Mali's defence minister said Monday that very little had been done to set up a possible military intervention by a West African force in the country's Islamist-occupied north.
"Unfortunately, beyond declarations in principle and development of operational procedures, very little has been done on the ground," Colonel Yamoussa Camara told a meeting of army chiefs from the Economic Community of West African States (ECOWAS) regional bloc.
The meeting in Bamako is aimed at finalising arrangements for the deployment of a 3,300-strong force of west African soldiers which ECOWAS has agreed to send to northern Mali.
The UN has asked for more information on the size, means and plans of the proposed force before granting it a mandate.
The vast desert region, larger than France or Texas, was occupied by armed Islamist groups linked to Al-Qaeda in the Islamic Maghreb (AQIM) in the chaos that followed a military coup in late March.
The groups have imposed strict Islamic law, prompting outrage when they stoned an unmarried couple to death last month and cut off the hand of a thief last week.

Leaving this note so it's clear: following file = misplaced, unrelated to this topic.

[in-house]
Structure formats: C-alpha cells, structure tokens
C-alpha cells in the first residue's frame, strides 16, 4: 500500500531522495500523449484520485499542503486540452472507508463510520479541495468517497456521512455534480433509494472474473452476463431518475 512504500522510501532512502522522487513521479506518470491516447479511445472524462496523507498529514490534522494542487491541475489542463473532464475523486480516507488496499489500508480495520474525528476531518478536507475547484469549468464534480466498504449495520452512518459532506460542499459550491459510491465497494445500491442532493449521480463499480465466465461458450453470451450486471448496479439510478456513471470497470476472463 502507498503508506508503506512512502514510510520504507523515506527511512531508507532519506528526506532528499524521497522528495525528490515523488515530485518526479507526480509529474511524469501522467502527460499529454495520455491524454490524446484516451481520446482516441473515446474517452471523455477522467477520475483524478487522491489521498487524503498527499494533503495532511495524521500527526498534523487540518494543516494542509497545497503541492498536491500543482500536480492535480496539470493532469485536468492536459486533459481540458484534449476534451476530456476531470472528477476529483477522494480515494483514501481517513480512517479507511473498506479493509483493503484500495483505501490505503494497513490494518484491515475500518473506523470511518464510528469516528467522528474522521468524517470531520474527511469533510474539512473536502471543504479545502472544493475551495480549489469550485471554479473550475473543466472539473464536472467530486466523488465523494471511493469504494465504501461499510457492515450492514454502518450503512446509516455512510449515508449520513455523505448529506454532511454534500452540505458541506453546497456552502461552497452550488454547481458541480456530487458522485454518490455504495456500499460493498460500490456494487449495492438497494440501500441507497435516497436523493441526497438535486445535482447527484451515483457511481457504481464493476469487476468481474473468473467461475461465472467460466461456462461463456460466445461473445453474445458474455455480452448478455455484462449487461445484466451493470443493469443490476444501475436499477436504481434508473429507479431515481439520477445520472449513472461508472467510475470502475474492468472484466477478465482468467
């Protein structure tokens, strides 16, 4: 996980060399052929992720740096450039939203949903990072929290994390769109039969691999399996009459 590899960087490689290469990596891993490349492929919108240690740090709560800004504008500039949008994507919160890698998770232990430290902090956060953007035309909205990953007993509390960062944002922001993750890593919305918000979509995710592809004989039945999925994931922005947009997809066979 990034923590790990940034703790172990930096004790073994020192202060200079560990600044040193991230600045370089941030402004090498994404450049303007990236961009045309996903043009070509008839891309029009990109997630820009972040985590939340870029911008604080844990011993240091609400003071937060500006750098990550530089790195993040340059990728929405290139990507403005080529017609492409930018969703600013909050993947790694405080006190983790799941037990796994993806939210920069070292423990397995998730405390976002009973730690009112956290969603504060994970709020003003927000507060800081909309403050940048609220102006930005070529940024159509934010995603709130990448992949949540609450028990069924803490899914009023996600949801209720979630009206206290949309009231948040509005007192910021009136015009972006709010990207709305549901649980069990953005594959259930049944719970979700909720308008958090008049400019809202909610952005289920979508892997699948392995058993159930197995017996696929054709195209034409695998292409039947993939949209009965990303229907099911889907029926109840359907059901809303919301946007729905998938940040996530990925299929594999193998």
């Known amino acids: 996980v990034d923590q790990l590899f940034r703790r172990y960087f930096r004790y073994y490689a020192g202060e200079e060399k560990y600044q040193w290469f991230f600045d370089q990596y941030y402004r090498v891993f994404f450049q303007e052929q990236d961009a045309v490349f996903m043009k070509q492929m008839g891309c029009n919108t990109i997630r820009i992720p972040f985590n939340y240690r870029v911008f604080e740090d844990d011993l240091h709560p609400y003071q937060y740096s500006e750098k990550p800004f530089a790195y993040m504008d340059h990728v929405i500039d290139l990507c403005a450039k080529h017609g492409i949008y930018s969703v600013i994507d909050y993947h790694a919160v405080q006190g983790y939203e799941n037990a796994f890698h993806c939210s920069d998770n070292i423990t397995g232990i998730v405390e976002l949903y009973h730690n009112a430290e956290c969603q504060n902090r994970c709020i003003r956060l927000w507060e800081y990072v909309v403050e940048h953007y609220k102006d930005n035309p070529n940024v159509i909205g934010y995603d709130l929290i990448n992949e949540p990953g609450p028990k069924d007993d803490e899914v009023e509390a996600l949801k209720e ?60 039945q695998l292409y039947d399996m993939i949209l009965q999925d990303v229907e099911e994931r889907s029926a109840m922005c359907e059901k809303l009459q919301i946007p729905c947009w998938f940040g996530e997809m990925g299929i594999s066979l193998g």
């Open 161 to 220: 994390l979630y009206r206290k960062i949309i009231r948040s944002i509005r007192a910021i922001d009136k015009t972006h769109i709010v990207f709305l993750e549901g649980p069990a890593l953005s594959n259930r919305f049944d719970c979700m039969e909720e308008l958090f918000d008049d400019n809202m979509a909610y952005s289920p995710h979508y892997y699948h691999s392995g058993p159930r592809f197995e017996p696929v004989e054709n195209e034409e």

In the fabled city of Timbuktu they destroyed ancient World Heritage shrines, declaring them "haram", or forbidden by Islam.
An internal document at the extraordinary summit seen by AFP said the initial role of the force would be to protect transitional authorities in Bamako who took over in April from the coup-leaders, who have continued meddling in the political process.
A second phase envisions training the Malian army, which is disorganised and under-equipped, before an intervention in the north to win back territory from the Islamists.
The troops are also expected to provide security to tens of thousands of citizens who fled their homes in the north in the wake of the occupation.© ANP/AFP